This is a DIY article meant to inspire the hunter and the taxidermist to be creative. The method used during this process is an age old technique that my grandfather and his predecessors would have used. I used a combination of sand stuffed taxidermy along with modern methods and materials.
1. This first step of the process was for Evan Pritchard to bag a Nilgai trophy.
2. Next the legs were skinned and tanned. The skins were tanned so that when the leather dried they would retain their shape. This is a different process than soft leather tanning.
3. Holes and the skinning incision were stitched.
4. With the leather still wet from the tan I stuffed them with dry sand and hung them up to dry for a week. This was during the summer in Texas so a week was plenty.
5. Once the leather dried I cut the legs square.
6. I then shook all the sand out of the legs. You can see the legs retain their shape because of the way they were tanned.
7. All thread was cut to length and placed in the legs.
8. Bondo was poured into the legs, once hardened the bondo created an indestructible bond between the all thread and leg. Polyurethane could have been used but it is not as strong or rigid as bondo.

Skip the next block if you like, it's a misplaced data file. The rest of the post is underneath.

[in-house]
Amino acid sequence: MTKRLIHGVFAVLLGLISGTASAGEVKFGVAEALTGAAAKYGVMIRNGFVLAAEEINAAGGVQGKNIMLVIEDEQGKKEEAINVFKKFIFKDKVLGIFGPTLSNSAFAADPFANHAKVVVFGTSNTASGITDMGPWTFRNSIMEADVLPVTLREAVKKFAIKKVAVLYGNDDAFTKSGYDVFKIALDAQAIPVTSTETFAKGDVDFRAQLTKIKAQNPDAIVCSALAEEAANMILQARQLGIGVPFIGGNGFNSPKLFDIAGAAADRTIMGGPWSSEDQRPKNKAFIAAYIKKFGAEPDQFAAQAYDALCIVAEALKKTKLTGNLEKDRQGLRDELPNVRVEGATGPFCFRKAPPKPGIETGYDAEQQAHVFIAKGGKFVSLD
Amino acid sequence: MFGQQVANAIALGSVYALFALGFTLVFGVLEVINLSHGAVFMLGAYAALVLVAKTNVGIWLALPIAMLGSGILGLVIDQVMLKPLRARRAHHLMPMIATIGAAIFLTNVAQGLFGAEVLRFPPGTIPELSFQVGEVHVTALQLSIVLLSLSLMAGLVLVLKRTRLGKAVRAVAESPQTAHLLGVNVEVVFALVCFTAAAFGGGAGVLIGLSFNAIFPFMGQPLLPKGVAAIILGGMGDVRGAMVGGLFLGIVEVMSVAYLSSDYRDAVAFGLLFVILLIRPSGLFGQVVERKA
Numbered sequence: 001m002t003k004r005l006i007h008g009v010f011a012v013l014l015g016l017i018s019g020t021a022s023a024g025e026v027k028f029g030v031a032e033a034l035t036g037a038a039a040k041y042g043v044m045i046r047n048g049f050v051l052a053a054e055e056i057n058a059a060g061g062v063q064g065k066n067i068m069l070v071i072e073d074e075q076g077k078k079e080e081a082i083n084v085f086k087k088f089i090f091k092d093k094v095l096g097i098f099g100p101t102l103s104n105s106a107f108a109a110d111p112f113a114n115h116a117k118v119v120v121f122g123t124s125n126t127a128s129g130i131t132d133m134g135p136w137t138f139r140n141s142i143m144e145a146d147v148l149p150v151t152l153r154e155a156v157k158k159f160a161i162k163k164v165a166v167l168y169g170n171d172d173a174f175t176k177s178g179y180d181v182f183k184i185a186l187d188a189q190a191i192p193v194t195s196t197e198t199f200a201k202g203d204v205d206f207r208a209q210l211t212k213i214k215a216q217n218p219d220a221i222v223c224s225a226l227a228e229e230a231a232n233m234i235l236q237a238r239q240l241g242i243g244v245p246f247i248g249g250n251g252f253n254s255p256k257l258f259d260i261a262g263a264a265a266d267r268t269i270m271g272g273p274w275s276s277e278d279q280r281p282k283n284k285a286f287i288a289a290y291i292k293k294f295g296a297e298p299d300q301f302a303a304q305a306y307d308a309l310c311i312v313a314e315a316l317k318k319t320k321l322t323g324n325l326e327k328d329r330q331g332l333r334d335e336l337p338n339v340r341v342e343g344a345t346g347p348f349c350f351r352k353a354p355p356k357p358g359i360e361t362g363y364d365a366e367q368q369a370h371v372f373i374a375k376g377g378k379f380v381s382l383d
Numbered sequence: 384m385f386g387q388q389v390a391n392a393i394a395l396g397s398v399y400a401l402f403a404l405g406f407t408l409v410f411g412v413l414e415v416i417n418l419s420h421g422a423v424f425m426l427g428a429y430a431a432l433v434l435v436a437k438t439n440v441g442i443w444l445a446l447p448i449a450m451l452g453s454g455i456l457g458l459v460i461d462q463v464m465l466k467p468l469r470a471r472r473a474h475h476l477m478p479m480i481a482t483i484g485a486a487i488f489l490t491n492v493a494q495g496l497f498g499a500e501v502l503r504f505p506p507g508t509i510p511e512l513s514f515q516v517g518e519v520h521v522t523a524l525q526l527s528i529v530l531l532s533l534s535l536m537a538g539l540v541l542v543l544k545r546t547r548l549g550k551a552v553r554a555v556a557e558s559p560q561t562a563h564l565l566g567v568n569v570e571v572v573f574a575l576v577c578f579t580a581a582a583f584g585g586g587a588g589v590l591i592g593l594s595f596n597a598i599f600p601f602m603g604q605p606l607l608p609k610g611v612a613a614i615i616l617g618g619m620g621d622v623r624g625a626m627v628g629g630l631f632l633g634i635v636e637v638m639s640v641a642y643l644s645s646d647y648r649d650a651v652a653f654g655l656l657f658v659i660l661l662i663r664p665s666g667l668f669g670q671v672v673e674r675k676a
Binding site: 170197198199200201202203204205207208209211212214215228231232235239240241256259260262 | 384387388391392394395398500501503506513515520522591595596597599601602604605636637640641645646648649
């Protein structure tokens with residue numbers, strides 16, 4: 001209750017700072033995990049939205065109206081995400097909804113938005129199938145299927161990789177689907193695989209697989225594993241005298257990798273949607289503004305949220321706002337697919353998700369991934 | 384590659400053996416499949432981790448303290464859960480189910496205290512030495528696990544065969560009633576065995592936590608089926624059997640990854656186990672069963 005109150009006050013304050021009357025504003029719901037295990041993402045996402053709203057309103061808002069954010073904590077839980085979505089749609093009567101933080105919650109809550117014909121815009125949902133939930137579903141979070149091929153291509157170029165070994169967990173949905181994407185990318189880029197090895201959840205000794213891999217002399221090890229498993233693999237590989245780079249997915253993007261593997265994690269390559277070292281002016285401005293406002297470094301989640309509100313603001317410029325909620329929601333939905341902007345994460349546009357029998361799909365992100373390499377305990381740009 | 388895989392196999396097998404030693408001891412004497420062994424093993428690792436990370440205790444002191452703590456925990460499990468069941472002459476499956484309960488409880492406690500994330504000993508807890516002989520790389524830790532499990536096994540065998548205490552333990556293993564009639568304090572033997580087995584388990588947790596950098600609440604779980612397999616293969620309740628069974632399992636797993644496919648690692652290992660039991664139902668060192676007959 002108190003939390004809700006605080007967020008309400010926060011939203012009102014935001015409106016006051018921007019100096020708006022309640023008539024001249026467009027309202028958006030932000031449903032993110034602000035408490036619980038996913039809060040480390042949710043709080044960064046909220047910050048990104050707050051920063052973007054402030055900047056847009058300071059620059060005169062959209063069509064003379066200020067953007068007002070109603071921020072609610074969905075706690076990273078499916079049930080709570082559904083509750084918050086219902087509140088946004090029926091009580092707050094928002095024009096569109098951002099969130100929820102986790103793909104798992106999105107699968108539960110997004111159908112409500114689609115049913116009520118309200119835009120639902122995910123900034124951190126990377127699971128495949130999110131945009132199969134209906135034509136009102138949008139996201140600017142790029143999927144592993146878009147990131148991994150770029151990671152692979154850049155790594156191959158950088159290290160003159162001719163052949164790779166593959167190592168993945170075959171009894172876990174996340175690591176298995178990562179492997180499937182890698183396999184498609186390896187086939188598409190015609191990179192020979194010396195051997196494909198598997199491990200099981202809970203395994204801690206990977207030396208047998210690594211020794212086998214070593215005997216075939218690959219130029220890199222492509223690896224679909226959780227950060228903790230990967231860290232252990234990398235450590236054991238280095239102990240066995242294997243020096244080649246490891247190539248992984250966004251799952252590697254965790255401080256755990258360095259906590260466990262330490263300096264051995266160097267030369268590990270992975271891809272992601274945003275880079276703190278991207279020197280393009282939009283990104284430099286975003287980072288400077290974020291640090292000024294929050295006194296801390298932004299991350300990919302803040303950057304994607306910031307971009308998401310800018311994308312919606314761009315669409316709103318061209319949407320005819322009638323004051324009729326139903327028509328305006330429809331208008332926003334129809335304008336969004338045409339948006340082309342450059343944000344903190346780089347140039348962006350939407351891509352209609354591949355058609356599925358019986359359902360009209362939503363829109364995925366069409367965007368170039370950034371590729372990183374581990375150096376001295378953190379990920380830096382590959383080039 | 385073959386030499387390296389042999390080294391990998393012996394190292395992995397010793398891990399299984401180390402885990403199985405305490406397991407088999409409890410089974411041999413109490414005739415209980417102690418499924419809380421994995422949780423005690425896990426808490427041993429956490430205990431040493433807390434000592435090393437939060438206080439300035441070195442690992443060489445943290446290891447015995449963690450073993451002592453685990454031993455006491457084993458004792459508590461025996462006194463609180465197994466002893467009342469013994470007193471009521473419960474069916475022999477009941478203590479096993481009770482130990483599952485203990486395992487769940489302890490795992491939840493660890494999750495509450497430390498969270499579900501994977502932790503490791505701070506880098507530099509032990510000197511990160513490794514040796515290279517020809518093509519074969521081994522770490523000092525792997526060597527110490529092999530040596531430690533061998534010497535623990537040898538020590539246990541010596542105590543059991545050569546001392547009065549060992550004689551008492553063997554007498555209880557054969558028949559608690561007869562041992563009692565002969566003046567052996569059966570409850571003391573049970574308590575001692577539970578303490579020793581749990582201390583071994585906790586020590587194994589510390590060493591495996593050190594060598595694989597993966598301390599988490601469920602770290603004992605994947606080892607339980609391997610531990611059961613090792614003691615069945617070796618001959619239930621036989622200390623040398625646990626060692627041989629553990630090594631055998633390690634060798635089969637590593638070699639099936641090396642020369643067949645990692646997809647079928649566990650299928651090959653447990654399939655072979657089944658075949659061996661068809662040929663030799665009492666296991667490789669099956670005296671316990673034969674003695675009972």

9. I marked the placing of the legs on the table with painters tape. I outlined the placement of the legs (brings a new meaning to a table leg) with painters tape. I then used a router to cut a hexagon cavity for the nut.
10. I attached a custom made plate to the all thread and secured nut with thread locker. I cut off any remaining all thread so that it was flush with top of nut.
11. Place four legs on table and attach with screws.
12. Make sure table is level (since the ring does not roll off it is level). Last minute adjustments were made by grinding various parts of the hooves.
13. Airbrushed metal plates and clear coated to prevent rust.
14. Mod Podge was placed on the hooves to protect and to create a “rubbery” grip so the tables will not slide on slick floors.
15. Remove all tape
16. Finished Table!